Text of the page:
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But the vast ocean of unbounded day
In th' empyraean heaven does stay.
Thy rivers, lakes, and springs, below,
From thence took first their rise, thither at last must
flow.

To

THE ROYAL SOCIETY.

PHILOSOPHY, the great and only heir
Of all that human knowledge which has been
Unforfeited by man's rebellious sin,
Though full of years he do appear
(Philosophy, I say, and call it He;
For, whatsoe'er the painter's fancy be,
It a male-virtue seems to me),
Has still been kept in nonage till of late,
Nor managd or enjoy'd his vast estate.
Three or four thousand years, one would have thought,
To ripeness and perfection might have brought
A science so well bred and nurst,
And of such hopeful parts too at the first:
But, oh! the guardians and the tutors then
(Some negligent and some ambitious men)
Would ne'er consent to set him free,
Or his own natural powers to let him see, }
Lest that should put an end to their authority.

That his own business he might quite forget,
They amus'd him with the sports of wanton wit;

With the desserts of poetry they fed him,
Instead of solid meats t” increase his force;
Instead of vigorous exercise, they led him
Into the pleasant labyrinths of ever-fresh discourse;
Instead of carrying him to see
The riches which do hoarded for him lie
In Nature's endless treasury,
They chose his eye to entertain
(His curious but not covetous eye)
With painted scenes and pageants of the brain.
Some few exalted spirits this latter age has shown,
That labour'd to assert the liberty
(From guardians who were now usurpers grown)
Of this old minor still, captiv'd Philosophy;
But ’t was rebellion call’d, to fight
For such a long-oppressed right.
Bacon at last, a mighty man, arose
(Whom a wise king, and Nature, chose,
Lord chancellor of both their laws),
And boldly undertook the injur'd pupil's cause.

Authority—which did a body boast,

Though 't was but air condens'd, and stalk'd about,

Like some old giant's more gigantick ghost,
To terrify the learned rout

With the plain magick of true Reason's light-
He chac'd out of our sight;

Nor suffer'd living men to be misled
By the vain shadows of the dead;

Tograves, from whence it rose, the conquer'd phan

tom fled.

He broke that monstrous God which stood In midst of th' orchard, and the whole did claim; Which with a useless scythe of wood, And something else not worth a name (Both vast for show, yet neither fit Or to defend, or to beget; Ridiculous and senseless terrors') made Children and superstitious men afraid. The orchard’s open now, and free, Bacon has broke the scare-crow deity: Come, enter, all that will, Behold the ripen'd fruit, come gather now your fill! Yet still, methinks, we fain would be Catching at the forbidden tree— } We would be like the Deity— When truth and falsehood, good and evil, we, Without the senses' aid, within ourselves would see; For ’tis God only who can find All Nature in his mind.

From words, which are but pictures of the thought
(Though weourthoughts from themperversely drew),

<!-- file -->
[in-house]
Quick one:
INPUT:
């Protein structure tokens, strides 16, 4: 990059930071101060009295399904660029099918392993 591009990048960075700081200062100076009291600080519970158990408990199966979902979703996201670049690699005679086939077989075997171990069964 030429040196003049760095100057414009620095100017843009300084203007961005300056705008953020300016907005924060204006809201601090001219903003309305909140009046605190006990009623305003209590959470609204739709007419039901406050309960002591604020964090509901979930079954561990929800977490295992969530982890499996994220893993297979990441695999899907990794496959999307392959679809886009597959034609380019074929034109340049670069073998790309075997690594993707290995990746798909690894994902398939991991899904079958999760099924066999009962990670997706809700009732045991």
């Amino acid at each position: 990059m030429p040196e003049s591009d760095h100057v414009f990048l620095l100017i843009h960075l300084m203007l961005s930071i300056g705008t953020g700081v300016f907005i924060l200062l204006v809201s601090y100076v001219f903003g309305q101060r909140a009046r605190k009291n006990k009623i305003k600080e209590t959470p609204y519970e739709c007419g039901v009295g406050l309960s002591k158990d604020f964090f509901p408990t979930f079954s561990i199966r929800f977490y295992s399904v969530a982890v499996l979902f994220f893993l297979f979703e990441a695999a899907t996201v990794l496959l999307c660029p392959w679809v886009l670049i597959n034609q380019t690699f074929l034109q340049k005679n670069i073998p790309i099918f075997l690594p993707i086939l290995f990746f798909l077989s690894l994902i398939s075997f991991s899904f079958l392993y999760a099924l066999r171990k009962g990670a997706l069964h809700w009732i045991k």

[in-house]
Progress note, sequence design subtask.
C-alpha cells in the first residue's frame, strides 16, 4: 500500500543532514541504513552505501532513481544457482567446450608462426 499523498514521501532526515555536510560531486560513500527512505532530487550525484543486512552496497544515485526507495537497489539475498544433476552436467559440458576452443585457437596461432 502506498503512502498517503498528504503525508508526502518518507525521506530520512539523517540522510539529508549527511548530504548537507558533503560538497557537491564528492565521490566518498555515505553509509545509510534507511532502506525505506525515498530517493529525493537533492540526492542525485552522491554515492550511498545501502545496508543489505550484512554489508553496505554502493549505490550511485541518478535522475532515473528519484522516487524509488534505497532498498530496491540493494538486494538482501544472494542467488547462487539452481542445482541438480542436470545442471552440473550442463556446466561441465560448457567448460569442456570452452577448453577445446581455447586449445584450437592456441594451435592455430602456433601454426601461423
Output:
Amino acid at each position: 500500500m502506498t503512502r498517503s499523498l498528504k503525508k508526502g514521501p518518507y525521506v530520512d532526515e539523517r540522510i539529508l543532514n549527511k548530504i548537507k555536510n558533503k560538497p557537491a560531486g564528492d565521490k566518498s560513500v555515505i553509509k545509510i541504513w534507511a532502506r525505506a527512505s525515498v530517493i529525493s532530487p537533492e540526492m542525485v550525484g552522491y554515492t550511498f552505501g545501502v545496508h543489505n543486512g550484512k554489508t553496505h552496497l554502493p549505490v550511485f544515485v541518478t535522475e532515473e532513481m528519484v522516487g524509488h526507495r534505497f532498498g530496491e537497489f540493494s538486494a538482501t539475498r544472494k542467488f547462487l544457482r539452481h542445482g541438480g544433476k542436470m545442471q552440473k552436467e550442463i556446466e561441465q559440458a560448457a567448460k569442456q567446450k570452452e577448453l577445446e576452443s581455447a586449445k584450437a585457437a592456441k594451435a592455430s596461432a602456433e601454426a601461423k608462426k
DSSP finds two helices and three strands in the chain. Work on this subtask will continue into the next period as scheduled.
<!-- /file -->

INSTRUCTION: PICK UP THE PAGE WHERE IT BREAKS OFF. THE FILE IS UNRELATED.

To things, the mind's right object, he it brought:
Like foolish birds, to painted grapes we flew ;
He sought and gather'd for our use the true;
And, when on heaps the chosen bunches lay,
He press'd them wisely the mechanick way,
Till all their juice did in one vessel join,
Ferment into a nourishment divine, }

The thirsty soul's refreshing wine.

Who to the life an exact piece would make,
Must not from others' work a copy take;
No, not from Rubens or Vandyke;
Much less content himself to make it like
Th’ ideas and the images which lie
In his own fancy or his memory.
No, he before his sight must place
The natural and living face;
The real object must command
Each judgment of his eye and motion of his hand.

From these and all long errors of the way,
In which our wandering predecessors went,
And, like th' old Hebrews, many years did stray,
In deserts but of small extent,
Bacon, like Moses, led us forth at last:
The barren wilderness he past;
Did on the very border stand
Of the blest promis'd land;
And from the mountain's top of his exalted wit,
Saw it himself, and shew'd us it.
But life did never to one man allow
Time to discover worlds and conquer too;
Nor can so short a line sufficient be
To fathom the vast depths of Nature's sea.
The work he did we ought to admire;
And were unjust if we should more require
From his few years, divided 'twixt th' excess
Of low affliction and high happiness:
For who on things remote can fix his sight,
That’s always in a triumph or a fight

From you, great champions! we expect to get
These spacious countries, but discover'd yet;
Countries, where yet, instead of Nature, we
Her images and idols worshipp'd see:
These large and wealthy regions to subdue,
Though Learning has whole armies at command,
Quarter'd about in every land,
A better troop she ne'er together drew :
Methinks, like Gideon's little band,
God with design has pick'd out you,
To do those noble wonders by a few :
When the whole host he saw, “They are" (said he)
“Too many to o'ercome for me;”
And now he chooses out his men,
Much in the way that he did then;
Not those many whom he found
Idly' extended on the ground,
To drink with their dejected head
The stream, just so as by their mouths it fled:
No ; but those few who took the waters up,
And made of their laborious hands the cup.

Thus you prepar'd, and in the glorious fight
Their wondrous pattern too you take;
Their old and empty pitchers first they brake,
And with their hands then lifted up the light.
Io sound too the trumpets here !
Already your victorious lights appear;
New scenes of heaven already we espy,
And crowds of golden worlds on high,

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